9.4 "Manifest Destiny" and Slavery in the American South
The territorial expansion of the United States during the 1800s was motivated by the general belief that God had given European settlers the divine mission to spread democracy on the North American continent. It was supposedly both obvious ("manifest") and certain ("destiny"), and provided a rationale for the justification of western expansion and the concomitant rape, pillage, and slaughter of Native Americans.
The brutality of slavery in the American antebellum South was revealed quite adequately by former slave Frederick Douglass, and recounted too many times for anyone to be ignorant about this horrendous period in "Christian" America. Douglass is said to have written: "I prayed for twenty years but received no answer until I prayed with my legs." Enough said.
What possible justification could there be for God to have allowed his followers to think they were pleasing him by acting in such terrible ways? The revelation of a perfectly good God would have clearly prohibited engaging in religiously motivated wars to spread the faith, stealing land, killing witches and heretics, and buying, beating, or owning slaves, preventing an opportunity for the Church to justify all of this horrible violence.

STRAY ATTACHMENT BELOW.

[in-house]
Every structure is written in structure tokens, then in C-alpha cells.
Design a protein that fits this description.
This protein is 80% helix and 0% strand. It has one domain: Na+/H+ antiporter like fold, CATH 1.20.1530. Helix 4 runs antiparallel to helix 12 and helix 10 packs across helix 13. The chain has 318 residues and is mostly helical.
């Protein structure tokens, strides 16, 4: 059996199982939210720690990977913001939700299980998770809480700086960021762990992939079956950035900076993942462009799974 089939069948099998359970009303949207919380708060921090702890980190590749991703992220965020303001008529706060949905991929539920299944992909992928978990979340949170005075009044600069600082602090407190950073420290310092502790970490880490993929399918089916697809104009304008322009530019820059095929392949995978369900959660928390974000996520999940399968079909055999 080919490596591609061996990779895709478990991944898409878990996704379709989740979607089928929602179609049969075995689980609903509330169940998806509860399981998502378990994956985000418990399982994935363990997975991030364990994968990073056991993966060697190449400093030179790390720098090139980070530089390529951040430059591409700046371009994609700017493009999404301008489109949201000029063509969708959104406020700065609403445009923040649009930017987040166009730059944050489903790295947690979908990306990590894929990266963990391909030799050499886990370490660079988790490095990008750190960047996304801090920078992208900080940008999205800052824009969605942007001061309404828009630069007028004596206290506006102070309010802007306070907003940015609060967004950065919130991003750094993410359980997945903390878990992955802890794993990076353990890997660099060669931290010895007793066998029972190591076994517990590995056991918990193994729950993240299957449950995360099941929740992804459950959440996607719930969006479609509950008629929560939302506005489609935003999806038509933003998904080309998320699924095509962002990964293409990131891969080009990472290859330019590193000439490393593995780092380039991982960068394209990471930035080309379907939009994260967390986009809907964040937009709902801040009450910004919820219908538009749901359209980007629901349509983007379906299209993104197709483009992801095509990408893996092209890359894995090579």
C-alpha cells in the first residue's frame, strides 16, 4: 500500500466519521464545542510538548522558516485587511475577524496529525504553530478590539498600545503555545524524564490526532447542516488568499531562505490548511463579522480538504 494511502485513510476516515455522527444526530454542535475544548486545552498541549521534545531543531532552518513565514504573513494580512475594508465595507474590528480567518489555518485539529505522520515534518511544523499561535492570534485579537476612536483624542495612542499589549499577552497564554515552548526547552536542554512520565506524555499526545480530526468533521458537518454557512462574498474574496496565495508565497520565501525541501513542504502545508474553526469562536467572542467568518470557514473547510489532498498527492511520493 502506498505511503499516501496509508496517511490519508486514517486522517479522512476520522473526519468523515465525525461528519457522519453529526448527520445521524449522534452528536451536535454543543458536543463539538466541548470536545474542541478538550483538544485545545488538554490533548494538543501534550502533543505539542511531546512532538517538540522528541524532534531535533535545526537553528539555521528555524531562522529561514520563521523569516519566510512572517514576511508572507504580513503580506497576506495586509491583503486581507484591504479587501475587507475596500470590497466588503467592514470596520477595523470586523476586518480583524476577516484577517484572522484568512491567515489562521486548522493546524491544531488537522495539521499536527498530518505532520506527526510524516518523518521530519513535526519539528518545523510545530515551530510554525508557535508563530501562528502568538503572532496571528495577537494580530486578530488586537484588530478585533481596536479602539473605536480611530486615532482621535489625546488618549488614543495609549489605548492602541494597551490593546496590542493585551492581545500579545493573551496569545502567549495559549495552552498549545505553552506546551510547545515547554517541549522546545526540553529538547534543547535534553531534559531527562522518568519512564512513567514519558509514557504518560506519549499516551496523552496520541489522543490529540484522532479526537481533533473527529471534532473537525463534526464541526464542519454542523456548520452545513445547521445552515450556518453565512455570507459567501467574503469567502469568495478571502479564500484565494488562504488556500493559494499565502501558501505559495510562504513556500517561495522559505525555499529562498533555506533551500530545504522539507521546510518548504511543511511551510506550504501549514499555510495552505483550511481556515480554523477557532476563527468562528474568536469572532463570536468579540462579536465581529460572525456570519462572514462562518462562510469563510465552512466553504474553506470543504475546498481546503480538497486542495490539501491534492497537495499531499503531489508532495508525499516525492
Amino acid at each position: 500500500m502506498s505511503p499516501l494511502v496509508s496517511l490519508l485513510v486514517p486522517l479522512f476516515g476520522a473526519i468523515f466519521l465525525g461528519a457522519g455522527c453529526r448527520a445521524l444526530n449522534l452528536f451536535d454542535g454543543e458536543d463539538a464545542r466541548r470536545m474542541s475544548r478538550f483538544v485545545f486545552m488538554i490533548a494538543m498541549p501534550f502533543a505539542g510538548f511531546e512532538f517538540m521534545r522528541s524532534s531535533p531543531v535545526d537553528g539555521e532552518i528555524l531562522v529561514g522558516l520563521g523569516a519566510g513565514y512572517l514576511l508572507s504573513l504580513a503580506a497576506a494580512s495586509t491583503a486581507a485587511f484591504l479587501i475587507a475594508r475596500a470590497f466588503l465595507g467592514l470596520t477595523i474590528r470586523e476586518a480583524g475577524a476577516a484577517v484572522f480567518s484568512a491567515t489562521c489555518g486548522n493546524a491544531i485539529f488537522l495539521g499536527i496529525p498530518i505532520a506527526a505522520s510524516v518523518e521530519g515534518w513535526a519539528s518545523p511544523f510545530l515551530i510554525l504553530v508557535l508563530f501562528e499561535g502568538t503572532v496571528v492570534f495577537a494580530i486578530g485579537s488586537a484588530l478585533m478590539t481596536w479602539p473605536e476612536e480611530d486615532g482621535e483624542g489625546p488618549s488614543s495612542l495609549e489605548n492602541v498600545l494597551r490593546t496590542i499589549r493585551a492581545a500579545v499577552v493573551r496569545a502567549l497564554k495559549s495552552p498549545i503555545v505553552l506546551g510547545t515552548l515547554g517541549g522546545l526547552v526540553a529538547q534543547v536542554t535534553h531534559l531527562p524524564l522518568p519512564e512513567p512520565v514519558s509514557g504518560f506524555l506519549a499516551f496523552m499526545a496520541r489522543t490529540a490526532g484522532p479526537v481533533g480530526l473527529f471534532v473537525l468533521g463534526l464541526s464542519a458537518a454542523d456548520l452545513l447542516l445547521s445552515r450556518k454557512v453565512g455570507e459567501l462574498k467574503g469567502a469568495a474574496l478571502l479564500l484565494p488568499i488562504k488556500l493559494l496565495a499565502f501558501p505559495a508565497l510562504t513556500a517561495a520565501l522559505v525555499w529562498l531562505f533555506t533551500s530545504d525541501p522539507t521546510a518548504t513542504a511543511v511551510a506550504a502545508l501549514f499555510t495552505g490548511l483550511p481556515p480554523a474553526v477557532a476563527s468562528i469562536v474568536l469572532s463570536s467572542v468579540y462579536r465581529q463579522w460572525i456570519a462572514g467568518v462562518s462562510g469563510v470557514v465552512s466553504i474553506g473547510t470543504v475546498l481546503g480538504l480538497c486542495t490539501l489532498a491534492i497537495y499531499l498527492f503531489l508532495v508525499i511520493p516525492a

Even if we grant that human beings are "wicked," God would know this about us, so why wouldn't God be crystal clear about what he wants believers to do? If the Christian God exists, surely he bears some degree of responsibility for the misery and suffering brought about by Christians who failed to understand his directives. And the Holy Spirit, which is supposed to guide Christians by "illumination," seems to have failed to do so in the history of the Church. This is one of the reasons why I reject Christianity.
How would Christians feel if they were the ones being burned at the stake for heresy, or beaten within an inch of their lives by a slave master? Arguments that previous generations of Christians simply misunderstood what God wanted them to do would fly away in the wind with the smoke of their flesh, and with the drops of their blood.
10. Empirical Reasons
The problem of evil is as clear of an empirical refutation of the existence of the Christian God as we get. As James Sennett has said:
By far the most important objection to the faith is the so-called problem of evil—the alleged incompatibility between the existence or extent of evil in the world and the existence of God. I tell my philosophy of religion students that, if they are Christians and the problem of evil does not keep them up at night, then they don't understand it.